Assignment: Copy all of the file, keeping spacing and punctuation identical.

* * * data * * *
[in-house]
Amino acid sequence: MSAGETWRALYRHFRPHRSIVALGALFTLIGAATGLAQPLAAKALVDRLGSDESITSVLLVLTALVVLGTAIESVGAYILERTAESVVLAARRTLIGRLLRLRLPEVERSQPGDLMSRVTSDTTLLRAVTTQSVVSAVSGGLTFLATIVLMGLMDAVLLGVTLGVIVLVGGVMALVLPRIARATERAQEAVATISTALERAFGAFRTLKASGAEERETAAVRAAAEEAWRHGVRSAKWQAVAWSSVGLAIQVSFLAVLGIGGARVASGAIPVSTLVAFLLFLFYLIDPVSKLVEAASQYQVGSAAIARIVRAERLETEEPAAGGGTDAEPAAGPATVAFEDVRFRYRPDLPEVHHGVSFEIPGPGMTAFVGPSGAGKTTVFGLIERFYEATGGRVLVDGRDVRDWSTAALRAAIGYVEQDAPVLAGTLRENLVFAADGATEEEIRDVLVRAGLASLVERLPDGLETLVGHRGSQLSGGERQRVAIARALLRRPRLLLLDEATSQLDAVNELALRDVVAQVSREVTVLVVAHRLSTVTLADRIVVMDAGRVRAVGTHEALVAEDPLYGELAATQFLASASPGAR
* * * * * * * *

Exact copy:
[in-house]
Amino acid sequence: MSAGETWRALYRHFRPHRSIVALGALFTLIGAATGLAQPLAAKALVDRLGSDESITSVLLVLTALVVLGTAIESVGAYILERTAESVVLAARRTLIGRLLRLRLPEVERSQPGDLMSRVTSDTTLLRAVTTQSVVSAVSGGLTFLATIVLMGLMDAVLLGVTLGVIVLVGGVMALVLPRIARATERAQEAVATISTALERAFGAFRTLKASGAEERETAAVRAAAEEAWRHGVRSAKWQAVAWSSVGLAIQVSFLAVLGIGGARVASGAIPVSTLVAFLLFLFYLIDPVSKLVEAASQYQVGSAAIARIVRAERLETEEPAAGGGTDAEPAAGPATVAFEDVRFRYRPDLPEVHHGVSFEIPGPGMTAFVGPSGAGKTTVFGLIERFYEATGGRVLVDGRDVRDWSTAALRAAIGYVEQDAPVLAGTLRENLVFAADGATEEEIRDVLVRAGLASLVERLPDGLETLVGHRGSQLSGGERQRVAIARALLRRPRLLLLDEATSQLDAVNELALRDVVAQVSREVTVLVVAHRLSTVTLADRIVVMDAGRVRAVGTHEALVAEDPLYGELAATQFLASASPGAR